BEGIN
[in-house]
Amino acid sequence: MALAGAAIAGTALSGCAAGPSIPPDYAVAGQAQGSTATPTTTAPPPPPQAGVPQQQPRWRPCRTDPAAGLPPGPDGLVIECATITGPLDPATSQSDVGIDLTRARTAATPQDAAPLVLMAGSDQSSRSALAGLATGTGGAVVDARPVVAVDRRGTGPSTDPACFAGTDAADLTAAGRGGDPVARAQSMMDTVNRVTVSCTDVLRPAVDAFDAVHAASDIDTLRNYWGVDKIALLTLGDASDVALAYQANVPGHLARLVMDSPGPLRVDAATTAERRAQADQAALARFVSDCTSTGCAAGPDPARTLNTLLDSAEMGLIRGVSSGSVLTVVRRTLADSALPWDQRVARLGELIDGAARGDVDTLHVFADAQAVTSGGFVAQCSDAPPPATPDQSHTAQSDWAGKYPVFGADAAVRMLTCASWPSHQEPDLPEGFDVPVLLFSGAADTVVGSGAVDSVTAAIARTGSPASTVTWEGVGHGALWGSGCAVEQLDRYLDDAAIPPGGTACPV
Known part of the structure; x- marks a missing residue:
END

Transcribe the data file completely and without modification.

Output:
[in-house]
Amino acid sequence: MALAGAAIAGTALSGCAAGPSIPPDYAVAGQAQGSTATPTTTAPPPPPQAGVPQQQPRWRPCRTDPAAGLPPGPDGLVIECATITGPLDPATSQSDVGIDLTRARTAATPQDAAPLVLMAGSDQSSRSALAGLATGTGGAVVDARPVVAVDRRGTGPSTDPACFAGTDAADLTAAGRGGDPVARAQSMMDTVNRVTVSCTDVLRPAVDAFDAVHAASDIDTLRNYWGVDKIALLTLGDASDVALAYQANVPGHLARLVMDSPGPLRVDAATTAERRAQADQAALARFVSDCTSTGCAAGPDPARTLNTLLDSAEMGLIRGVSSGSVLTVVRRTLADSALPWDQRVARLGELIDGAARGDVDTLHVFADAQAVTSGGFVAQCSDAPPPATPDQSHTAQSDWAGKYPVFGADAAVRMLTCASWPSHQEPDLPEGFDVPVLLFSGAADTVVGSGAVDSVTAAIARTGSPASTVTWEGVGHGALWGSGCAVEQLDRYLDDAAIPPGGTACPV
Known part of the structure; x- marks a missing residue: